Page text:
Friday, November 02, 2007

Institutions over Econ 101

Everyone remembers Econ 101 and the mindless pounding into our heads the importance of Supply and Demand, and basic behaviors. The theory predicts in almost all cases that as the relative cost of Good A becomes cheaper, more of Good A should be consumed compared to its consumption level at the previous higher price. There are a couple of interesting counter examples but those are either mentioned in passing, or held off until sophomore year.

Another lesson at the end of the semester is the concept of externalities which influence the consumption of a good. An externality is a quality with some positive or negative value that a good has which is not incorporated into the price of the good. My favorite externality a few years ago was the smell of freshly baked bread every morning from a bakery down the street from my old apartment. The bakery could not charge me for the pleasure of the smell, and I definately gained enjoyment from it. Large externalities that are not incorporated into the price of a good can significantly skew consumption patterns.

And we have a great example that Atrios found this morning that confirms ancectodes I have been hearing for years. One would expect with the fall of the US dollar for foreign tourism in the United States to increase. A weaker dollar against the Pound, Swiss Franc and Euro means travelling in the US is much cheaper now than it was three years ago, or as my senior year roommate remembers seven and nine years ago. Back in the late 90s being European and living in the States off of foreign derived income was tough because the dollar was proportionally much stronger. Well that is not the case:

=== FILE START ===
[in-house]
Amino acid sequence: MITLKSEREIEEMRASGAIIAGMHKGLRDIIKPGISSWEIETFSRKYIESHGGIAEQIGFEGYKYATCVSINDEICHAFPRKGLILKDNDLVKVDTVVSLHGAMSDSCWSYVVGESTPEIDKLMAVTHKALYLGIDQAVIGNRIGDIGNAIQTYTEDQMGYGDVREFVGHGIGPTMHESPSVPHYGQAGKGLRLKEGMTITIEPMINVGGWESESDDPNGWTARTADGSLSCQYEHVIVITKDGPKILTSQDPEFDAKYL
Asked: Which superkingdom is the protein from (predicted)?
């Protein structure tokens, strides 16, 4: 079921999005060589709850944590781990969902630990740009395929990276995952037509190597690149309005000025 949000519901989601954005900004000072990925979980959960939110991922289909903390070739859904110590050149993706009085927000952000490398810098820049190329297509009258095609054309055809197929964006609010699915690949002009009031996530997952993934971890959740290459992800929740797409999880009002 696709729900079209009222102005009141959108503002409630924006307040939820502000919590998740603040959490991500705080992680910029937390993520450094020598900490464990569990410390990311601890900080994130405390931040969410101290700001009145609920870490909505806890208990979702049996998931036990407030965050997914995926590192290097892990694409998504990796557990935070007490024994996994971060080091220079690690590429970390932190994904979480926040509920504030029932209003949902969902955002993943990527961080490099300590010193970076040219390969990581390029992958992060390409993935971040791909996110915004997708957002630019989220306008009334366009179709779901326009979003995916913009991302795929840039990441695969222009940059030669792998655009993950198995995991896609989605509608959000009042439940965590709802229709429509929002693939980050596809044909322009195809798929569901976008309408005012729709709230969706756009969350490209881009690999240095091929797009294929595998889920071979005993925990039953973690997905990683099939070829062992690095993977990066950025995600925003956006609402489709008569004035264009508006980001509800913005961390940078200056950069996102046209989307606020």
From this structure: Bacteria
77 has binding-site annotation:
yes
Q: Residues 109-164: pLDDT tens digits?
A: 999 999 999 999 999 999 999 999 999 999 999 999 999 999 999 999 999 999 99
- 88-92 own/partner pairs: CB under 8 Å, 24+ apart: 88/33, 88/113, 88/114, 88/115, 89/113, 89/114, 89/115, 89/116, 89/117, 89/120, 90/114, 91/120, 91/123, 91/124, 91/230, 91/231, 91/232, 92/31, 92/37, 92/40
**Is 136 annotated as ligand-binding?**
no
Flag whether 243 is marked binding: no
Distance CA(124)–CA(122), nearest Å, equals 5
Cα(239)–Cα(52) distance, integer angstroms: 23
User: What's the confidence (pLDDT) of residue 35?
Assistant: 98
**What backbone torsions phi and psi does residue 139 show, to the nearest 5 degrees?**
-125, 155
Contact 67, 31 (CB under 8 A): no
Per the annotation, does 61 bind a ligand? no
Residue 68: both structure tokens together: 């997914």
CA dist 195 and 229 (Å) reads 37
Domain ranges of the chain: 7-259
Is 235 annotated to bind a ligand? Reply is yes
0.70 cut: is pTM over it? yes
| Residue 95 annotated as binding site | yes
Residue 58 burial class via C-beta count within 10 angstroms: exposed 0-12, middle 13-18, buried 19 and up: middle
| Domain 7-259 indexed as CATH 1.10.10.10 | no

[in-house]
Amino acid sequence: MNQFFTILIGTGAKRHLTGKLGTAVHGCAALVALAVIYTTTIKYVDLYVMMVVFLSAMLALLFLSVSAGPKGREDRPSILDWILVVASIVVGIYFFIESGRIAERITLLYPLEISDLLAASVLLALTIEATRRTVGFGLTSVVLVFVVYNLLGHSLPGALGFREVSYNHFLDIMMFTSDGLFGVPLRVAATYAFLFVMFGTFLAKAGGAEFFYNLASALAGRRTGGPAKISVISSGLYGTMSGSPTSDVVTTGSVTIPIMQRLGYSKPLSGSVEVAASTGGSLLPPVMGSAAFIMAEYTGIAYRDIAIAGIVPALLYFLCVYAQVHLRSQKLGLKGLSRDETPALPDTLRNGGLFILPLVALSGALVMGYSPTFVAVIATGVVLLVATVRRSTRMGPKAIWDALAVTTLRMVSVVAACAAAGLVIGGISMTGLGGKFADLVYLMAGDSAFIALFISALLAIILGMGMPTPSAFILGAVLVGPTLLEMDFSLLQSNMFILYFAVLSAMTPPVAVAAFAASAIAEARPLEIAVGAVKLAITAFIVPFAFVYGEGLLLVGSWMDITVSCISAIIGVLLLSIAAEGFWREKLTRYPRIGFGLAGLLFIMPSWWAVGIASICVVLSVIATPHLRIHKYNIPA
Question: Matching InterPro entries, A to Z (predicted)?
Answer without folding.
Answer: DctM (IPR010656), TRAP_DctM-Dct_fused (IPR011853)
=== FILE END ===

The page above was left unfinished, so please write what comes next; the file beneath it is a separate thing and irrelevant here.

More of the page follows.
The number of foreign visitors to the United States has plummeted since the September 11, 2001 attacks on New York and Washington because foreigners don't feel welcome, tourism professionals said Thursday.

"Since September 11, 2001, the United States has experienced a 17 percent decline in overseas travel, costing America 94 billion dollars in lost visitor spending, nearly 200,000 jobs and 16 billion dollars in lost tax revenue," the Discover America advocacy campaign said in a statement.

So despite the US being a much cheaper place to visit, the security externalities, both real and theatrical, as well as the much more negative impression of the United States that is held by the primary benefeciaries of a weaker US dollar, has led to Econ 101 Supply and Demand lessons to fail miserably. And I can understand this, as I have been hearing that going through US customs is an insulting and degrading process now compared to seven years ago, and it is just not worth the hassle.

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